I am doing my A2 levels and I have applied for the international business course at some of my unis and have been accepted however, i am considering Economics as i feel i am stronger in that area. (Achieved a B in Business in my AS and an A in economics)
The universities said i can switch courses however am wondering whether the amount of maths required will make me struggle? will i be disadvantaged as i have not studied A-Level Maths and only got a B at GCSE?
Undergraduate economics at a good uni contains a lot of maths so don't even consider switching if you dislike maths. If you haven't done the A level you are putting yourself at a disadvantage, even ignoring how it may affect your offers, you're going to have a very steep learning curve. Maths is the language of economics so fluency is somewhat essential.
That said, if you are really passionate about economics then you might be willing to put in the work and some unis will offer summer pre-sessional courses in maths. However, I would consider very carefully whether you want to undertake that commitment. Business and economics are radically different disciplines so if you were drawn to business in the first place then you might not even enjoy studying undergrad economics. Whatever you do, don't base the decision on your AS grades. There's not a big difference between your two grades and AS economics is a very poor reflection of the subject at university level. To cut a long story short, consider what it is you really want to do at uni and do that, but if it's economics then understand that you are going to need to learn maths and stats quickly and well.
You have to check with the university itself. Different universities have different types of curriculum, some are very mathematically based courses where there's a lot of doing proofs from first principles (students that do these type of courses are very active in proclaiming the superiority of these courses), but you can do undergraduate level economics courses that teach you the core principles and only do the amount of maths that is essential to understanding that. You won't be able to do economics that has no maths whatsoever but you can get by core undergraduate level micro and macro with around A level standard calculus, statistics, indices, algebra, logarthims, matrices etc so it is do-able for somebody with GCSE. You just have to check with the university itself. If they will let you do it, then you will be fine.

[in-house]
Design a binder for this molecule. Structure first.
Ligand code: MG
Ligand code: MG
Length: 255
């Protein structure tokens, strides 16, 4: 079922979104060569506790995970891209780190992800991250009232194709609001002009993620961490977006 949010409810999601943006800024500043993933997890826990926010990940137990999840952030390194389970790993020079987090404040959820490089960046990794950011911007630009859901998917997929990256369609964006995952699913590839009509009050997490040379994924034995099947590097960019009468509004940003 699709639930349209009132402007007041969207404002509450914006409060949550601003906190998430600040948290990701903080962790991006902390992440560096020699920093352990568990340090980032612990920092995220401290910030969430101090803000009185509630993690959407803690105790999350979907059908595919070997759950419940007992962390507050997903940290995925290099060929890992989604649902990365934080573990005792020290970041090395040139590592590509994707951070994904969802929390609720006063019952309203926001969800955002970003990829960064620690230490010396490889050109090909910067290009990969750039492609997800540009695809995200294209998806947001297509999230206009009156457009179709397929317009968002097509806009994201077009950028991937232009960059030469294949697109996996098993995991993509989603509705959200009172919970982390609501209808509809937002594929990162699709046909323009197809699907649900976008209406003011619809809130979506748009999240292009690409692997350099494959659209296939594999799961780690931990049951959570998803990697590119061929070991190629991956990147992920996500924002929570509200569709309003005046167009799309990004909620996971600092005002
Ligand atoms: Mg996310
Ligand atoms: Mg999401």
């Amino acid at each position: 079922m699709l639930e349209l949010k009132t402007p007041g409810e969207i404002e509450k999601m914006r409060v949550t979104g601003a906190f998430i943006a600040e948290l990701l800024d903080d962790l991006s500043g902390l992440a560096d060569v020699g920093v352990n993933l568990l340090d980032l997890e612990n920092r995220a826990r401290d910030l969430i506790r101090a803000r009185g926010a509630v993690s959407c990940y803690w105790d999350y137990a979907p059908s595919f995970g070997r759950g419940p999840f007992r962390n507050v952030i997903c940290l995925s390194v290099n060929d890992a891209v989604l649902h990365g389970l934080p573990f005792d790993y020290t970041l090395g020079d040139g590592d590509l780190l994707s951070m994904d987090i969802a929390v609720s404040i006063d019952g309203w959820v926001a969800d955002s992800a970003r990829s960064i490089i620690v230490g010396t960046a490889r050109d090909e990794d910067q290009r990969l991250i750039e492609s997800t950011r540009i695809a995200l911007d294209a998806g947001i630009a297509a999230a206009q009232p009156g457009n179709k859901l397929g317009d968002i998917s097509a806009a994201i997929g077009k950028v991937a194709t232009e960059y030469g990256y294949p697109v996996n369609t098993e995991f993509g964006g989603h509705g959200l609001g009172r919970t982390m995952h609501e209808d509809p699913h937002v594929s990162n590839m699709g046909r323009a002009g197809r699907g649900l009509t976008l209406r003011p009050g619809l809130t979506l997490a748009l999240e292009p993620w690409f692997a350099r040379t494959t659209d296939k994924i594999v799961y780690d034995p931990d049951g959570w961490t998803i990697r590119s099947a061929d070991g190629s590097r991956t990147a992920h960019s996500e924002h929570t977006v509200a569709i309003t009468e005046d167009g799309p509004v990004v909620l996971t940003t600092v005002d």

If you had to put in a reasonable amount of effort to get that B at GCSE, i.e. you only have about average maths abilities, then my guess is that even a mid-tier undergraduate economics program wouldn't be for you unless it's avowedly towards the softer end of the spectrum, e.g. perhaps a joint honours, economics with economic history or something
If you consider yourself to have a strong aptitude for maths but just chose to drop it after GCSEs for whatever reason [e.g. more interested in other stuff] then many programs [not all, for some A level maths or equivalent is non-negotiable] will let you on & offer catchup type modules aimed at people with your background.
Guys, there was no need to revive a thread from 2015. Closing it.